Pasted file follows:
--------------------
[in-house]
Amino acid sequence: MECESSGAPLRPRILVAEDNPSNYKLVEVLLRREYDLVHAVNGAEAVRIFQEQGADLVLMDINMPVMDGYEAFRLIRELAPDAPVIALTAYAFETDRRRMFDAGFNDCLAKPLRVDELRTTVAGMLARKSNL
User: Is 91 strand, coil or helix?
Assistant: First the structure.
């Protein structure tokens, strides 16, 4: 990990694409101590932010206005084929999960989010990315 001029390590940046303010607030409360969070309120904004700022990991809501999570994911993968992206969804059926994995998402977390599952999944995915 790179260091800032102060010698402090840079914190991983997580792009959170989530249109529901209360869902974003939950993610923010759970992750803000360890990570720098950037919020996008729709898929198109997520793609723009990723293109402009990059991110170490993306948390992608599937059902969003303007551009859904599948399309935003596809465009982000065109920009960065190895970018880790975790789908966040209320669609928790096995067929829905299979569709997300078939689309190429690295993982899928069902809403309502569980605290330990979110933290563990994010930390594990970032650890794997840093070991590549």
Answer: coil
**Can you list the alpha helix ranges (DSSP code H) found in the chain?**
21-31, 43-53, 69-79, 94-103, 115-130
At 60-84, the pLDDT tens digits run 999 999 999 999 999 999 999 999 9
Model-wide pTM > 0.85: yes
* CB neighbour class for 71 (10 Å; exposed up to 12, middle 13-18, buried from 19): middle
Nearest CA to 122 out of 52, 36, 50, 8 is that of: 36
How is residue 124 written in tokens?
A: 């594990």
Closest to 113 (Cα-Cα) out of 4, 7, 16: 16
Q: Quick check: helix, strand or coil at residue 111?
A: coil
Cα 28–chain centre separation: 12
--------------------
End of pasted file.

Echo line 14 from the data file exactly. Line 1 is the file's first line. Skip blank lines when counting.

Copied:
A: 């594990």